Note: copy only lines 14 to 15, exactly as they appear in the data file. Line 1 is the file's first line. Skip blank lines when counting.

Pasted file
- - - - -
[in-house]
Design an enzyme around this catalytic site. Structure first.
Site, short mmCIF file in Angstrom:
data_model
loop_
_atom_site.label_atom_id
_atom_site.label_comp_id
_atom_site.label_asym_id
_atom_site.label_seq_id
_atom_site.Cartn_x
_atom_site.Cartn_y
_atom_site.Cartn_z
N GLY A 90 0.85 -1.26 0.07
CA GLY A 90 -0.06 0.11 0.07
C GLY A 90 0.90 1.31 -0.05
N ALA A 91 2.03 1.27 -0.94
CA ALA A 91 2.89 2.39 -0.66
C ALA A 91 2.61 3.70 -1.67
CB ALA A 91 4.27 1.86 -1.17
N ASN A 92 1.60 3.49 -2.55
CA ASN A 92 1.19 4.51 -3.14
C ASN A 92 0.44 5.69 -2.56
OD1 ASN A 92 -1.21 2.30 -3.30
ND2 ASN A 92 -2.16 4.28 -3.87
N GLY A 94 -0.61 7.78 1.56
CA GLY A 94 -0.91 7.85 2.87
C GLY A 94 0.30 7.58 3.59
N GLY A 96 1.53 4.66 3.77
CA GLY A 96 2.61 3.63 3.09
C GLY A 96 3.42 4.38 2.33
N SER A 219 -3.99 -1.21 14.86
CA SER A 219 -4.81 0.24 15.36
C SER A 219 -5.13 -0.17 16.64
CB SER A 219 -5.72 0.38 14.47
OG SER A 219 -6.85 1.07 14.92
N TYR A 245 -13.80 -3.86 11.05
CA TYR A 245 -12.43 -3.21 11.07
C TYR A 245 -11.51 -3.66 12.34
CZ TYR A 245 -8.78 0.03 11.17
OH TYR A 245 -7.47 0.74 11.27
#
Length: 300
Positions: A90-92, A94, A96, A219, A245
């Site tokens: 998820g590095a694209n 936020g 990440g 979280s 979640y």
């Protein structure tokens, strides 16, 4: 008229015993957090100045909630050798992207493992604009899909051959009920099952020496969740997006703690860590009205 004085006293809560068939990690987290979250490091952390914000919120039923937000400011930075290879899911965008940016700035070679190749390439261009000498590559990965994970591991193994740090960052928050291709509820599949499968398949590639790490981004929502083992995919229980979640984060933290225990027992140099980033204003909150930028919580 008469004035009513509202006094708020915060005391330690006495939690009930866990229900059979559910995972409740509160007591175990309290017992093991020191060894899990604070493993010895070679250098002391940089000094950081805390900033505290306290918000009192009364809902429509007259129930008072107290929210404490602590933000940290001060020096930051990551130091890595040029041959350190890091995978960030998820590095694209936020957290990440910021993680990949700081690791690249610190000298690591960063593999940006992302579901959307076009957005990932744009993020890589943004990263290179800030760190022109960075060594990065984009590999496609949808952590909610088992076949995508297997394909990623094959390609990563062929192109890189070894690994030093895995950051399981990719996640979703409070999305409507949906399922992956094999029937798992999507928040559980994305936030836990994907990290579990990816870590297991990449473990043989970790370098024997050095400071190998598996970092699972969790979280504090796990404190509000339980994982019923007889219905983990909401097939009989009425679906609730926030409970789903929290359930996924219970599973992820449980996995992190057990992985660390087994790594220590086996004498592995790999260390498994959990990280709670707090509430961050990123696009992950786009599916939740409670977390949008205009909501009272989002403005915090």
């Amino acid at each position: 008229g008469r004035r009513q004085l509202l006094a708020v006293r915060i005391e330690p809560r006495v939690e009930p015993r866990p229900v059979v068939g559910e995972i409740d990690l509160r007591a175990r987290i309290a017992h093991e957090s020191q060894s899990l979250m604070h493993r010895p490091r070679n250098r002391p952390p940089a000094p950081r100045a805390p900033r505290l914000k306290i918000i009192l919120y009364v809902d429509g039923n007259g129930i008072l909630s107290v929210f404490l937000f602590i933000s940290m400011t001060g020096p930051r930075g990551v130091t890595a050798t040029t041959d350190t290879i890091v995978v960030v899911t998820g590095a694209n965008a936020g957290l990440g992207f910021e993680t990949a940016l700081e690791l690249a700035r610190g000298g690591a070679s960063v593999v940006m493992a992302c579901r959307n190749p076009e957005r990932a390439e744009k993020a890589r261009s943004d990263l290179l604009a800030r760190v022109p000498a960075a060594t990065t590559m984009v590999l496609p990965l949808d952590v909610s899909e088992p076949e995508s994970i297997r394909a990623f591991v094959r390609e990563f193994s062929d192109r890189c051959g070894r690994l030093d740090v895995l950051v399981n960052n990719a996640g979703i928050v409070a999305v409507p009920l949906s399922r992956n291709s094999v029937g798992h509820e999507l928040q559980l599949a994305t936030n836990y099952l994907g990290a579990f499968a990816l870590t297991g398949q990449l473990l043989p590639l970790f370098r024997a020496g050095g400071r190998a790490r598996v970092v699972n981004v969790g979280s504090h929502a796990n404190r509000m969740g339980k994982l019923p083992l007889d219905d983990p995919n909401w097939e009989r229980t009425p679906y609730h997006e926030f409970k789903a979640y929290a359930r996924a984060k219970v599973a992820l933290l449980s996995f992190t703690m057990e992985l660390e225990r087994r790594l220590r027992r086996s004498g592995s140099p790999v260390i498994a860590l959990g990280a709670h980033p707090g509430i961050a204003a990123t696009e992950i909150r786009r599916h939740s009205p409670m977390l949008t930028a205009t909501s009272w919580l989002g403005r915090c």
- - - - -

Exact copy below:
CA GLY A 90 -0.06 0.11 0.07
C GLY A 90 0.90 1.31 -0.05